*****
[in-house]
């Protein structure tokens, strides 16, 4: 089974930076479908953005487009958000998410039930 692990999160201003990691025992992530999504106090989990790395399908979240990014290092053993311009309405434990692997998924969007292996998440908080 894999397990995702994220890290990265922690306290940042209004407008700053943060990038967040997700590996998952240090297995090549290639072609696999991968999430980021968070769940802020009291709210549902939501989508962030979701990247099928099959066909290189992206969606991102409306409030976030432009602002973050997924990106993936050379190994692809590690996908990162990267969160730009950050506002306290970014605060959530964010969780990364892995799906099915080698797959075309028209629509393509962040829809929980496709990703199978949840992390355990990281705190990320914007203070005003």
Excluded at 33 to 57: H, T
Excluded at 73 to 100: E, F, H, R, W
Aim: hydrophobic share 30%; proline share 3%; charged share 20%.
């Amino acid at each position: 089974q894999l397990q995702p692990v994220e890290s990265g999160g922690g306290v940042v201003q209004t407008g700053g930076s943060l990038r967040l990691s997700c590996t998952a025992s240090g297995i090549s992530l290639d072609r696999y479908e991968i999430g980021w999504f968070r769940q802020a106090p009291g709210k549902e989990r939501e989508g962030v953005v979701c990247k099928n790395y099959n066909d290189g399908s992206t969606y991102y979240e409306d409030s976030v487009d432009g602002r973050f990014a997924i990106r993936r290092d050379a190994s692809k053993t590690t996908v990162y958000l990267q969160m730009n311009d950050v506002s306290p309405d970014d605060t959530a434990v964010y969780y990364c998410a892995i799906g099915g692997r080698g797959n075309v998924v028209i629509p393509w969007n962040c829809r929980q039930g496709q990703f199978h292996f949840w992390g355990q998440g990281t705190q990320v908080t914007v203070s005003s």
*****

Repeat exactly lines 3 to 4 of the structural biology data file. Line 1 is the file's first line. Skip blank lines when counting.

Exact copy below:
Excluded at 33 to 57: H, T
Excluded at 73 to 100: E, F, H, R, W